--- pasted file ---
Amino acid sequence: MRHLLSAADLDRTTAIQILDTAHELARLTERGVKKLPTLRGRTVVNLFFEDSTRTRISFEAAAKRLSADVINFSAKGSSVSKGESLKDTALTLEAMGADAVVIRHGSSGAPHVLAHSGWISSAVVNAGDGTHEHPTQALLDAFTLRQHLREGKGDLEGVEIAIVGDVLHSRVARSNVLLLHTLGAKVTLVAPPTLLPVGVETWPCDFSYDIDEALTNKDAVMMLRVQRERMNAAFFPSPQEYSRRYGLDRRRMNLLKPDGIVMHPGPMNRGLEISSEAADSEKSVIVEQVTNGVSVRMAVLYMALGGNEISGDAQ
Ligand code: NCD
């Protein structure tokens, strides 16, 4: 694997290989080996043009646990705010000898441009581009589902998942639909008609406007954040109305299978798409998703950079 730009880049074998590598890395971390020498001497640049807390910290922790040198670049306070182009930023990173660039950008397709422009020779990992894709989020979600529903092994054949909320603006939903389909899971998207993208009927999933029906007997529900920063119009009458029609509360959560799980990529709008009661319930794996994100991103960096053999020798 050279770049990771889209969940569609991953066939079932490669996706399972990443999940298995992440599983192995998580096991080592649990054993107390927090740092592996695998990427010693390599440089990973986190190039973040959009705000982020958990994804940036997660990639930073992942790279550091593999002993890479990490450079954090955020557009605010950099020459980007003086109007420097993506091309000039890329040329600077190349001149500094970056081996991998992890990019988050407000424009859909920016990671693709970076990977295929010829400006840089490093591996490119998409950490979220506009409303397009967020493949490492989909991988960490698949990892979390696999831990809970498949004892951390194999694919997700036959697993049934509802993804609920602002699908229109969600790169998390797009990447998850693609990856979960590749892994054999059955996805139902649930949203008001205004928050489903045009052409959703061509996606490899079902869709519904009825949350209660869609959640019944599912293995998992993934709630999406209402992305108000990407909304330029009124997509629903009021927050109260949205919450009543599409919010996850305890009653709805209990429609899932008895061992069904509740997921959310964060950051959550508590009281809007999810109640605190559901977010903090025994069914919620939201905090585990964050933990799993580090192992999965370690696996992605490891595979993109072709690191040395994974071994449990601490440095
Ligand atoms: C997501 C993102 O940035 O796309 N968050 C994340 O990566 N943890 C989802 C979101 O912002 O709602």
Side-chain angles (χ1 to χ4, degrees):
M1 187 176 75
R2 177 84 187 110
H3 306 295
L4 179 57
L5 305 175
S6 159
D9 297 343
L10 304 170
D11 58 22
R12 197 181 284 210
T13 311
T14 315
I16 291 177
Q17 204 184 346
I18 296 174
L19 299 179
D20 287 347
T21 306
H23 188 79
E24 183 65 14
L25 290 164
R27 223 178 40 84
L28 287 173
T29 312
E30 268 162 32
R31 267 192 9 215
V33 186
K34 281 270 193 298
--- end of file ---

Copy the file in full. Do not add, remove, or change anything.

Amino acid sequence: MRHLLSAADLDRTTAIQILDTAHELARLTERGVKKLPTLRGRTVVNLFFEDSTRTRISFEAAAKRLSADVINFSAKGSSVSKGESLKDTALTLEAMGADAVVIRHGSSGAPHVLAHSGWISSAVVNAGDGTHEHPTQALLDAFTLRQHLREGKGDLEGVEIAIVGDVLHSRVARSNVLLLHTLGAKVTLVAPPTLLPVGVETWPCDFSYDIDEALTNKDAVMMLRVQRERMNAAFFPSPQEYSRRYGLDRRRMNLLKPDGIVMHPGPMNRGLEISSEAADSEKSVIVEQVTNGVSVRMAVLYMALGGNEISGDAQ
Ligand code: NCD
């Protein structure tokens, strides 16, 4: 694997290989080996043009646990705010000898441009581009589902998942639909008609406007954040109305299978798409998703950079 730009880049074998590598890395971390020498001497640049807390910290922790040198670049306070182009930023990173660039950008397709422009020779990992894709989020979600529903092994054949909320603006939903389909899971998207993208009927999933029906007997529900920063119009009458029609509360959560799980990529709008009661319930794996994100991103960096053999020798 050279770049990771889209969940569609991953066939079932490669996706399972990443999940298995992440599983192995998580096991080592649990054993107390927090740092592996695998990427010693390599440089990973986190190039973040959009705000982020958990994804940036997660990639930073992942790279550091593999002993890479990490450079954090955020557009605010950099020459980007003086109007420097993506091309000039890329040329600077190349001149500094970056081996991998992890990019988050407000424009859909920016990671693709970076990977295929010829400006840089490093591996490119998409950490979220506009409303397009967020493949490492989909991988960490698949990892979390696999831990809970498949004892951390194999694919997700036959697993049934509802993804609920602002699908229109969600790169998390797009990447998850693609990856979960590749892994054999059955996805139902649930949203008001205004928050489903045009052409959703061509996606490899079902869709519904009825949350209660869609959640019944599912293995998992993934709630999406209402992305108000990407909304330029009124997509629903009021927050109260949205919450009543599409919010996850305890009653709805209990429609899932008895061992069904509740997921959310964060950051959550508590009281809007999810109640605190559901977010903090025994069914919620939201905090585990964050933990799993580090192992999965370690696996992605490891595979993109072709690191040395994974071994449990601490440095
Ligand atoms: C997501 C993102 O940035 O796309 N968050 C994340 O990566 N943890 C989802 C979101 O912002 O709602």
Side-chain angles (χ1 to χ4, degrees):
M1 187 176 75
R2 177 84 187 110
H3 306 295
L4 179 57
L5 305 175
S6 159
D9 297 343
L10 304 170
D11 58 22
R12 197 181 284 210
T13 311
T14 315
I16 291 177
Q17 204 184 346
I18 296 174
L19 299 179
D20 287 347
T21 306
H23 188 79
E24 183 65 14
L25 290 164
R27 223 178 40 84
L28 287 173
T29 312
E30 268 162 32
R31 267 192 9 215
V33 186
K34 281 270 193 298